Chic and affordable

Roussillon wines may come from any of the region’s several AOCs ((Appellations d'Origine Contrôlée ). Many of the modern dry style wines are labeled Côtes du Roussillon or Côtes du Roussillon-Villages. When you see “Vins du Pays des Côtes Catalanes,” it usually means the winemaker has defied AOC blending requirements, as in the 100% Carignane below. Most of these selections come from three import companies dedicated to the region’s wines: Eric Solomon, Vinalia and Weygandt-Metzler. Wines are listed in alphabetical order.

2004 Calvet-Thunevin Vin de Pays des Côtes Catalanes “Cuvée Constance.” Aged in concrete tanks and never seeing wood, this blend of Grenache and Syrah with a touch of Carignane leads with a delicate nose of plum blossoms and brown sugar with hints of olives and herbs. Its flavors are deep black cherry, with lovely gripping black tannins. Honest wine for a great price. About $15 at Wine House in Los Angeles, (310) 479-3731,; and K & L Wine Merchants in Hollywood, (323) 464-9463,

2005 Clos des Fées Côtes du Roussillon “Les Sorcières.” A lovely, inexpensive blend of Carignane, Grenache, and Mourvèdre with plenty of succulent ripe fruit that neither strays nor loses its balance. The Carignane stands out in the seductively plummy scent and black cherry flavors, supported by a fine, mineral texture. About $18 at Wine House.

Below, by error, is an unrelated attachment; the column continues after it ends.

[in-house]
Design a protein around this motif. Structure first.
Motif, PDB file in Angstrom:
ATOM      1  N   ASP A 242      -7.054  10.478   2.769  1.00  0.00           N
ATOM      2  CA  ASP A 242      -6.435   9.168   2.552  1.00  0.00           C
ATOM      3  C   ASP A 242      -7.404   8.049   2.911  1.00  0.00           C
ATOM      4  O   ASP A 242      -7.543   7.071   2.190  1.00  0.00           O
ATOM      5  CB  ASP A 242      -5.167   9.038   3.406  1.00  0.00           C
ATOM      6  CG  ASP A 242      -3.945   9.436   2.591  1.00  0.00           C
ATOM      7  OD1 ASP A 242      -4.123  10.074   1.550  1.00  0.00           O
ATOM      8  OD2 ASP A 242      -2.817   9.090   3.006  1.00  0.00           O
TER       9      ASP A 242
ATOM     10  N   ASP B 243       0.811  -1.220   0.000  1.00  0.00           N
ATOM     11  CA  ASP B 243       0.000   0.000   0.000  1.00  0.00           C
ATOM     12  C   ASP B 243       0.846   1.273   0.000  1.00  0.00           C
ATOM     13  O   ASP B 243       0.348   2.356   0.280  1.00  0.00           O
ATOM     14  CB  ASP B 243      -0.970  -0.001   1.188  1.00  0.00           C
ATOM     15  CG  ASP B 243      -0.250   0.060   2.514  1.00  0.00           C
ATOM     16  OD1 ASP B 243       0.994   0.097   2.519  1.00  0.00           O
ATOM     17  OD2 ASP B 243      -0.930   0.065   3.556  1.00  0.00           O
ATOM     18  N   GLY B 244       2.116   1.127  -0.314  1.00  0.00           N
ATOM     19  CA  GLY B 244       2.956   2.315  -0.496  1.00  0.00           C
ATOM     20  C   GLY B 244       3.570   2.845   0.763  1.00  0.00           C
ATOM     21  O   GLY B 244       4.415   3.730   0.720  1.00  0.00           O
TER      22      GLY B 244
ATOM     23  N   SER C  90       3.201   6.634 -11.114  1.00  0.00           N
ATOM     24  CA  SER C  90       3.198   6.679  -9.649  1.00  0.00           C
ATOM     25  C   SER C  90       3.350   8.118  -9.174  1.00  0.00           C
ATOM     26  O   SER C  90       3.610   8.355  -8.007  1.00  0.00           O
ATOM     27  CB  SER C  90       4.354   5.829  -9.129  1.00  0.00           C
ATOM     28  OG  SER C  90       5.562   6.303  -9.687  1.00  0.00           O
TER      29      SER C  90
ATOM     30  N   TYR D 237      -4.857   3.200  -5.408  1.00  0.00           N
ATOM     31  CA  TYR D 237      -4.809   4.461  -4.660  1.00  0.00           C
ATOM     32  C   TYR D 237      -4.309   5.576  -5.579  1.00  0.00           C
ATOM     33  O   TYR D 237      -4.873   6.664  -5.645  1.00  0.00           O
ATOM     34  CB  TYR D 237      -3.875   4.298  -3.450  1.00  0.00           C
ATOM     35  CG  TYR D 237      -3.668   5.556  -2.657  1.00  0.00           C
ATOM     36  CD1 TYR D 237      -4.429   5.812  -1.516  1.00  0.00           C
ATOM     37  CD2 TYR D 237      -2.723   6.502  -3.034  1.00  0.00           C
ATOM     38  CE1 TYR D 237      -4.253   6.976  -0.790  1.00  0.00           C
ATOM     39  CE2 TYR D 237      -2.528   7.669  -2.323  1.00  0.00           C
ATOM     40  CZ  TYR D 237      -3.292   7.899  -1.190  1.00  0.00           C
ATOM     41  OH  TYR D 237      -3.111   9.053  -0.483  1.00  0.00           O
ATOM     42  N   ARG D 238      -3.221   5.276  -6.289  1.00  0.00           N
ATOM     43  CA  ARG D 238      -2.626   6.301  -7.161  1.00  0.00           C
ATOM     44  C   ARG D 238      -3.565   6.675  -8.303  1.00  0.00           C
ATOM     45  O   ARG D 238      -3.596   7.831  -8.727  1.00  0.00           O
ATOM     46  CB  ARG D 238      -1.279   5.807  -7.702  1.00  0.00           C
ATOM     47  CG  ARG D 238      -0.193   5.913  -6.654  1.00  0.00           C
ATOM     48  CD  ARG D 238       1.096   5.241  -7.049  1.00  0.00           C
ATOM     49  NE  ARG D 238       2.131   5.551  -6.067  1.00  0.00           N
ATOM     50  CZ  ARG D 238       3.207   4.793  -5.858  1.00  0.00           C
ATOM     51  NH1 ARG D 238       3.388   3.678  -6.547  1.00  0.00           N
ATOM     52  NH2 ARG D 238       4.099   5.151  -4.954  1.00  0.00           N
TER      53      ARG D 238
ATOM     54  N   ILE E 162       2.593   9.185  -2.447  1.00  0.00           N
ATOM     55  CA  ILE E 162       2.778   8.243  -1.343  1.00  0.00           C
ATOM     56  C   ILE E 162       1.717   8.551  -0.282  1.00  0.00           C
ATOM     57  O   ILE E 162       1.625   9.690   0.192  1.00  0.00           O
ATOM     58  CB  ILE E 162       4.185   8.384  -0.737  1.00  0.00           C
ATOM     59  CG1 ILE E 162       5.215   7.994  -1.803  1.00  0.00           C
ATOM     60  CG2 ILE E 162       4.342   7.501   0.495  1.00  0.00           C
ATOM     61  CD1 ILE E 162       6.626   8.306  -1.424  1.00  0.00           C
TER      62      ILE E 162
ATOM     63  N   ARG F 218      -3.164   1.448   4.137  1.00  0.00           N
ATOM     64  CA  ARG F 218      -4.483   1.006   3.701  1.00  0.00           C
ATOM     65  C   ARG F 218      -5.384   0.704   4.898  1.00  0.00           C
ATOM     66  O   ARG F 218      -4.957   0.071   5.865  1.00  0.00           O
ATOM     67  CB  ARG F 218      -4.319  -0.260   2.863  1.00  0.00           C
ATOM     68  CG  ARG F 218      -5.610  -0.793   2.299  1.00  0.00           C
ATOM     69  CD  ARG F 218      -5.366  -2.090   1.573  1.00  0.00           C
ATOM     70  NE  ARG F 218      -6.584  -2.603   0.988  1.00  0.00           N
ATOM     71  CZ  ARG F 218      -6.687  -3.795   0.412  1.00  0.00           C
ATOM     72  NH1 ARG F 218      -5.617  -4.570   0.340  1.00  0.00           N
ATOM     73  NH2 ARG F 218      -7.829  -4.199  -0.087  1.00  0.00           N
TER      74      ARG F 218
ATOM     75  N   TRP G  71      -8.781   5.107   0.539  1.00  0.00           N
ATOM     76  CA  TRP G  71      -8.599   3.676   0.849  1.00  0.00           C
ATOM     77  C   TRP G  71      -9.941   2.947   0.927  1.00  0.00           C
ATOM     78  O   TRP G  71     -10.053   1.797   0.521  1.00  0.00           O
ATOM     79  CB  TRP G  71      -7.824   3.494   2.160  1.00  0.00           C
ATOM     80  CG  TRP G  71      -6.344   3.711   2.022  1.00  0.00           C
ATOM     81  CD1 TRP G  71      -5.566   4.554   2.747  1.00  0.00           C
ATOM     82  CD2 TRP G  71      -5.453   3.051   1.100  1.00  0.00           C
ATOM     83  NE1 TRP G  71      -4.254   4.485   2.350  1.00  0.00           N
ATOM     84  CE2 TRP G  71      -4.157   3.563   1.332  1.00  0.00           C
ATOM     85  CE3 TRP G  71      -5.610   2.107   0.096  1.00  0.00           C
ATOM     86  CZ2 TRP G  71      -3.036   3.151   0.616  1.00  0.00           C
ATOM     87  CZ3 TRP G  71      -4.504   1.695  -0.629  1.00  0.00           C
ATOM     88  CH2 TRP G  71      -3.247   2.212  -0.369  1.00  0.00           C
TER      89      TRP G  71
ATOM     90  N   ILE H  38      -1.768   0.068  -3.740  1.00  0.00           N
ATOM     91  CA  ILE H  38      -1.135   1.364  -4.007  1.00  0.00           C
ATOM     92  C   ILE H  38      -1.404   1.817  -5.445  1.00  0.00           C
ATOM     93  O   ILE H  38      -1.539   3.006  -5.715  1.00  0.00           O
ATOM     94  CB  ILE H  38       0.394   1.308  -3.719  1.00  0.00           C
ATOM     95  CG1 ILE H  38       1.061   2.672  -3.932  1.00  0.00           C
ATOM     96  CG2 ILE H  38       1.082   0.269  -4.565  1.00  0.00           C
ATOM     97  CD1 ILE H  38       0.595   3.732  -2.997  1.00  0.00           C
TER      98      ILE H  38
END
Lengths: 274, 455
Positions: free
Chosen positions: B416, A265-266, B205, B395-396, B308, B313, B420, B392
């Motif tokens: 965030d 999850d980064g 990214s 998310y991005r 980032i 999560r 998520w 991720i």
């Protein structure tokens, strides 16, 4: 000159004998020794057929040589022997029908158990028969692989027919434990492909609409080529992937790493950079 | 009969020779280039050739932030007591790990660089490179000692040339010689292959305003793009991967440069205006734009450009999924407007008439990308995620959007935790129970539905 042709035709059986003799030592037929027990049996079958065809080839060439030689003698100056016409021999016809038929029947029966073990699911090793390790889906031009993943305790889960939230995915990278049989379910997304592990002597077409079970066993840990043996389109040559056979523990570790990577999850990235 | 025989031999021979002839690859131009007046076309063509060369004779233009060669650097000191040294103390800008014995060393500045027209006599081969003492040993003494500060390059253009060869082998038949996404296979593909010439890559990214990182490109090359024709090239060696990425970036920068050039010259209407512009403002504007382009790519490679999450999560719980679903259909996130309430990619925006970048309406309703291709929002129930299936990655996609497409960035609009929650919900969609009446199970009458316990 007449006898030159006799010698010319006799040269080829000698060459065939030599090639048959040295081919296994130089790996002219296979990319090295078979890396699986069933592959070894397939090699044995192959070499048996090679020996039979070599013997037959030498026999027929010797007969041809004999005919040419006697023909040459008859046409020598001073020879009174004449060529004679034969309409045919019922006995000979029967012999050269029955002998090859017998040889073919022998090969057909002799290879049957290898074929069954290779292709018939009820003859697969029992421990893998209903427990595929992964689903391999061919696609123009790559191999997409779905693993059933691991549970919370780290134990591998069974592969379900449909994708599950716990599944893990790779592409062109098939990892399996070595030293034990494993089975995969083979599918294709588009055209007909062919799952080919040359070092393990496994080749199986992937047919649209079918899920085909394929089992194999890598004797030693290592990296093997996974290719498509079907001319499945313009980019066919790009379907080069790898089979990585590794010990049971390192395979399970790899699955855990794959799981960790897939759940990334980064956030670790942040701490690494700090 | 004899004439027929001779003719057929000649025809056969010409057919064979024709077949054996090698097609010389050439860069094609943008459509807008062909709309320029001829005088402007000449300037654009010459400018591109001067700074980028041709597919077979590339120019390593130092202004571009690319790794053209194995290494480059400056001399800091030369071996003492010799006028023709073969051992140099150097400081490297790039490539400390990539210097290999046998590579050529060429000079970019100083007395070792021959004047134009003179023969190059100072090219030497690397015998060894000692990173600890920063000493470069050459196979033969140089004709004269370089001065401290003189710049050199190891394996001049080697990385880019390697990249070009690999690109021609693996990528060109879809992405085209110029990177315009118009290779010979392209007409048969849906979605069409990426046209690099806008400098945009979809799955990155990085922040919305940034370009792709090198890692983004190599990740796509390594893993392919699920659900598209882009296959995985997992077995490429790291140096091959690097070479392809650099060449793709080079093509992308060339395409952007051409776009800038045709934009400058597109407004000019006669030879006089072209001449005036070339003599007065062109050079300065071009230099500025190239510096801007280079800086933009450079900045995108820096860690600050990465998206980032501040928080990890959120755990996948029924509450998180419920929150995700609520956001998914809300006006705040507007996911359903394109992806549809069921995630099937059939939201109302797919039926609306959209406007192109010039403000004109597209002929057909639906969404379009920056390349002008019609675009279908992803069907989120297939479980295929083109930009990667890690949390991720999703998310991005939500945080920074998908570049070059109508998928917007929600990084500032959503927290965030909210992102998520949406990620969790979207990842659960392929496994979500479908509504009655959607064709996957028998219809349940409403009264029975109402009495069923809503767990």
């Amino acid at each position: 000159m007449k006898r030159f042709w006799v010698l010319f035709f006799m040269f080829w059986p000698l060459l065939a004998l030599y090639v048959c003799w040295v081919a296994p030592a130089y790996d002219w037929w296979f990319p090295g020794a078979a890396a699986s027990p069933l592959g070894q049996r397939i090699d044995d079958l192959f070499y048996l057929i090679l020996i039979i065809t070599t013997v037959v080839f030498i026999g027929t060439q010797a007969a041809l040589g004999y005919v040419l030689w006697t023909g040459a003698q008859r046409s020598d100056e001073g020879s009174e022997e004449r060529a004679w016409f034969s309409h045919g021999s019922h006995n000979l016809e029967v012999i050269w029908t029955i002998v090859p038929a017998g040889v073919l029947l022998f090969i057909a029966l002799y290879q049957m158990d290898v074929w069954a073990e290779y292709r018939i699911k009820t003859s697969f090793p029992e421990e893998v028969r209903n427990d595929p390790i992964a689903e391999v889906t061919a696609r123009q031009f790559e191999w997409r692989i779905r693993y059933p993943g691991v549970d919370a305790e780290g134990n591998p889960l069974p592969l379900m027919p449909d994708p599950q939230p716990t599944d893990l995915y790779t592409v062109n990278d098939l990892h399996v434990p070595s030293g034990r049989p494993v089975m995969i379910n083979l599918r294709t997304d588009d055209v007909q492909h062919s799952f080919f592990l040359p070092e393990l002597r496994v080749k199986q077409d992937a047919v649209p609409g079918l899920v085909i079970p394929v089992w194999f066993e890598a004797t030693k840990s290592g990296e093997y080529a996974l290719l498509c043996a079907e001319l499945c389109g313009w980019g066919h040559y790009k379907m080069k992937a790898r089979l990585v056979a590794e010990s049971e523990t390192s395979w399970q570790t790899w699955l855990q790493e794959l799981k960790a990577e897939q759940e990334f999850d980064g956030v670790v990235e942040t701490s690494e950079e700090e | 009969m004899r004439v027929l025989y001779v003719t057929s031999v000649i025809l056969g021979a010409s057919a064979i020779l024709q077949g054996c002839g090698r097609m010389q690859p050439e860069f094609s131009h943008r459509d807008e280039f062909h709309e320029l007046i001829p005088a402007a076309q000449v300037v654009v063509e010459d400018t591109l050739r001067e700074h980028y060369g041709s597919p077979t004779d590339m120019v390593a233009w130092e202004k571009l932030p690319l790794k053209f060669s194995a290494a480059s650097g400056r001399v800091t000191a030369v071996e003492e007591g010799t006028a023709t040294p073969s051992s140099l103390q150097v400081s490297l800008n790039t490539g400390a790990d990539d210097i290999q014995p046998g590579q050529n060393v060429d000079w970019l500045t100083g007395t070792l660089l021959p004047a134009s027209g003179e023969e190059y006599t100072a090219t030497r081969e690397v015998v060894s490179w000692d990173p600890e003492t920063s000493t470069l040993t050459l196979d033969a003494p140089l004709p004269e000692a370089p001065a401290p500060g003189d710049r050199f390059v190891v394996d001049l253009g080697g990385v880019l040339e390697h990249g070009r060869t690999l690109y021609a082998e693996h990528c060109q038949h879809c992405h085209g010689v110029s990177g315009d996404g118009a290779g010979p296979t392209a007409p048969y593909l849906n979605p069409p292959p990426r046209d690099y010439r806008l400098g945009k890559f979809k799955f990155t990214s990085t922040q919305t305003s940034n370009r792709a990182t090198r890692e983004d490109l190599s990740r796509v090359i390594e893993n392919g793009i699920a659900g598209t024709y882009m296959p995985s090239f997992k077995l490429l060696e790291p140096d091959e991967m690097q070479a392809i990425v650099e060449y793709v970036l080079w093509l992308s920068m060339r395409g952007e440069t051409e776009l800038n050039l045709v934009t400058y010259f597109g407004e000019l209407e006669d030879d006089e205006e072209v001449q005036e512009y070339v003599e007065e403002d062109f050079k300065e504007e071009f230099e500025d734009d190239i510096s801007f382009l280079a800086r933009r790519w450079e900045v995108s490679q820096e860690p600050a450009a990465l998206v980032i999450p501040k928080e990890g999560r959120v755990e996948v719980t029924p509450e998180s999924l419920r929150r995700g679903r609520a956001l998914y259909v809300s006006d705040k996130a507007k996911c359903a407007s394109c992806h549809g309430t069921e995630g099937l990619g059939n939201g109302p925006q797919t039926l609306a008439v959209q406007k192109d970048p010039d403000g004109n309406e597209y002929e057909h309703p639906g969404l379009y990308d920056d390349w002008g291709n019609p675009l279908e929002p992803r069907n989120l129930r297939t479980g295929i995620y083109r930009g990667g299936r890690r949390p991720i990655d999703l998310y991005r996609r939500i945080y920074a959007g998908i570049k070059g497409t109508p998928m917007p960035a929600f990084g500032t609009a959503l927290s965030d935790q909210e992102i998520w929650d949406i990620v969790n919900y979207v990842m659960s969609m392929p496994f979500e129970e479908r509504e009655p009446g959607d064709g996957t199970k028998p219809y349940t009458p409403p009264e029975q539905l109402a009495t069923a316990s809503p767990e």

2003 Clos des Fées Côtes du Roussillon-Villages Vieilles Vignes. This wine has considerably more stuffing than the same producer’s “Les Sorcières.” A briary aroma is overlaid with scents of anise and mint. Flavors are succulent, dark plum and black cherry with a mineral texture almost like granite dust, but plenty of juiciness on the finish. But the finish goes on and on. It’s an earthy wine, generous and complex. About $30 at Wine House.

2001 Domaine Ferrer Ribière Côtes du Roussillon “Selenae.” A higher-end bottling blended from the same Carignane as the “Empreinte du Temps” with additions of Syrah and Grenache; it sees quite a bit more oak aging, in neutral barrels. It’s a big meaty wine with a bit of smoked beef in its aroma. But on the palate, that juicy, plummy Carignane shows through, with fine-grained tannins and an elegant polished texture. About $35 at Woodland Hills Wine Woodland Hills, (818) 222-1111,

2003 Domaine Ferrer Ribière Vin du Pays des Côtes Catalanes “Empreinte du Temps.” Made with fruit from 126 year-old Carignane vines, this beautiful wine is grounded with scents of olive tapenade and tar against bright cherry. On the palate it seems as if you can really taste the vine age: A firm texture supports flavors of red plum and herbs. It’s complex, with a long finish -- and a bargain for a wine so stylish. About $18 at Wine House and Woodland Hills Wine Co.